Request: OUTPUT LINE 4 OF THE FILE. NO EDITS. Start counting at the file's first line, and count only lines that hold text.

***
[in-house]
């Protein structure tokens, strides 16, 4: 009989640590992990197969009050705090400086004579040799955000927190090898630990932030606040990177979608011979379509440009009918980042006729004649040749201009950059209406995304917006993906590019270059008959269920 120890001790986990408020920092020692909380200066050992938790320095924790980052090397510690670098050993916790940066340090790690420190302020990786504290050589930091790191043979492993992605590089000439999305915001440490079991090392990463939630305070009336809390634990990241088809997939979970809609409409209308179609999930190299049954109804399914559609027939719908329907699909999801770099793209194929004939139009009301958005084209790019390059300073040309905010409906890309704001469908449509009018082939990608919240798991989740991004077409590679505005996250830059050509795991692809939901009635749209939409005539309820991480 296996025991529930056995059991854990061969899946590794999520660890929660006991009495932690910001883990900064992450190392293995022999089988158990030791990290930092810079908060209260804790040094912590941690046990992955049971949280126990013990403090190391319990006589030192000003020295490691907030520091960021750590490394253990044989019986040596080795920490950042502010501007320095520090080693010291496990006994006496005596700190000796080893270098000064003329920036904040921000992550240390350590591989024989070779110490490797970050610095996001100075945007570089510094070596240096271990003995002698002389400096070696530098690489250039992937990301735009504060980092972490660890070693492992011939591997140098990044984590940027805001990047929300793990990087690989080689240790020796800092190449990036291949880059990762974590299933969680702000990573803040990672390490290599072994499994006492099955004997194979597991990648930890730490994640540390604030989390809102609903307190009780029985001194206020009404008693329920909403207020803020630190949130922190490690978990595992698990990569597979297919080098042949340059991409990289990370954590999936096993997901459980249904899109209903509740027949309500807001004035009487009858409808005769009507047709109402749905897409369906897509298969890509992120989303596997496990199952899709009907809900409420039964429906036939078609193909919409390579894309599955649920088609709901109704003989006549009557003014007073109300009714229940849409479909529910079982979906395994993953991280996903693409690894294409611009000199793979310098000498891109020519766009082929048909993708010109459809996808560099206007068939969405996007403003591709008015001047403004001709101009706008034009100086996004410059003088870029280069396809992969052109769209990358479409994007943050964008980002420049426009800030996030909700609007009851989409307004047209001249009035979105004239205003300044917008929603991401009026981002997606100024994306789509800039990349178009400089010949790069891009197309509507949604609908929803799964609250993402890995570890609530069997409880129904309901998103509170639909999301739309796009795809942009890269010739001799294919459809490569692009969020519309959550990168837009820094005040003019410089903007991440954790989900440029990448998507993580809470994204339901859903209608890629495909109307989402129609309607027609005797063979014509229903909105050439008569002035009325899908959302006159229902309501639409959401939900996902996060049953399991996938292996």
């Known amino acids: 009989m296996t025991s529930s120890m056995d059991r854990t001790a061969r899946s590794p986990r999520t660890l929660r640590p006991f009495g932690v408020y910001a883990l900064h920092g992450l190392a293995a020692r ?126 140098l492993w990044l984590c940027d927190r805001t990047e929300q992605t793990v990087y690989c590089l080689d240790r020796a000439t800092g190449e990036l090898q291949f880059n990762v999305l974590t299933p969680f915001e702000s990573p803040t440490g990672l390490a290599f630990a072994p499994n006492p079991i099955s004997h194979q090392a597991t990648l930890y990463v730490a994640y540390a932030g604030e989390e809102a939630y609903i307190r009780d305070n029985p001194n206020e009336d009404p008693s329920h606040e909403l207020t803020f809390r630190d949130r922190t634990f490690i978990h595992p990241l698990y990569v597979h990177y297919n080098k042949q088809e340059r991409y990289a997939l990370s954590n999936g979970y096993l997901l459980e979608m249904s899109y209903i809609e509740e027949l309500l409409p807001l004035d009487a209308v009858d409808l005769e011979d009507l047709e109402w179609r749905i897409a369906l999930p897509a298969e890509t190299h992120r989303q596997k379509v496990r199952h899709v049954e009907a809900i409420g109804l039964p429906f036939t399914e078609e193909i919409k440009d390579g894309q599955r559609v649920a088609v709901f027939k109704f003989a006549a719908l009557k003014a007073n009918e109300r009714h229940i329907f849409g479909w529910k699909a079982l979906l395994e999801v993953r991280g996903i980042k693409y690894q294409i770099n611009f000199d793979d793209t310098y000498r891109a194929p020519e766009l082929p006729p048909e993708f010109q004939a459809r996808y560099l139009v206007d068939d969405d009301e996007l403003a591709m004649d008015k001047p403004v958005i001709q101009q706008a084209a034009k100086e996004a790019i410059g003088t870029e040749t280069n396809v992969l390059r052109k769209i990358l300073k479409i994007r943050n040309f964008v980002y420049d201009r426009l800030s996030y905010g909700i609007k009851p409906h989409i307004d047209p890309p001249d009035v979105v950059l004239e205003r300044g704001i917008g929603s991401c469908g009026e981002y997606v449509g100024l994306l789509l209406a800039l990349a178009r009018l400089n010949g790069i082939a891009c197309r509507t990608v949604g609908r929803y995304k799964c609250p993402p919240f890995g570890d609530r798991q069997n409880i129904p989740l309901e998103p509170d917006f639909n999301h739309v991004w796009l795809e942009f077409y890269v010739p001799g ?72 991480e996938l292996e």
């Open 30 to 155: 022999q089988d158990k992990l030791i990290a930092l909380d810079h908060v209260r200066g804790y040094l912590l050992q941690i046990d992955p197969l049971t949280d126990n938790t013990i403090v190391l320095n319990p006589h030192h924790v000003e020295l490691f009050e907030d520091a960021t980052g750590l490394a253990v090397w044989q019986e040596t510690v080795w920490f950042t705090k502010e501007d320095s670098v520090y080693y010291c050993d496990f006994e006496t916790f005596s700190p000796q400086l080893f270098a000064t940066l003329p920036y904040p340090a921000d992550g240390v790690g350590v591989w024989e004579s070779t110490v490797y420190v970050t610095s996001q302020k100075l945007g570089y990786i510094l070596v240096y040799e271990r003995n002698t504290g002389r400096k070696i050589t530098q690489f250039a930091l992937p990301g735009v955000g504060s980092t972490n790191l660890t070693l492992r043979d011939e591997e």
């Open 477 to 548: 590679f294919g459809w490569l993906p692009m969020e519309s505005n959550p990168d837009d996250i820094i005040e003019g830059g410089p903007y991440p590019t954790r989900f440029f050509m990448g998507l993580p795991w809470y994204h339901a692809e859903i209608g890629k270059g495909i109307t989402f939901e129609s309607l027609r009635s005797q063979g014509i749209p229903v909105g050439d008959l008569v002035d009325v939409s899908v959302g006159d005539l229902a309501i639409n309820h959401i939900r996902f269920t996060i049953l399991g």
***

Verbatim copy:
């Open 30 to 155: 022999q089988d158990k992990l030791i990290a930092l909380d810079h908060v209260r200066g804790y040094l912590l050992q941690i046990d992955p197969l049971t949280d126990n938790t013990i403090v190391l320095n319990p006589h030192h924790v000003e020295l490691f009050e907030d520091a960021t980052g750590l490394a253990v090397w044989q019986e040596t510690v080795w920490f950042t705090k502010e501007d320095s670098v520090y080693y010291c050993d496990f006994e006496t916790f005596s700190p000796q400086l080893f270098a000064t940066l003329p920036y904040p340090a921000d992550g240390v790690g350590v591989w024989e004579s070779t110490v490797y420190v970050t610095s996001q302020k100075l945007g570089y990786i510094l070596v240096y040799e271990r003995n002698t504290g002389r400096k070696i050589t530098q690489f250039a930091l992937p990301g735009v955000g504060s980092t972490n790191l660890t070693l492992r043979d011939e591997e």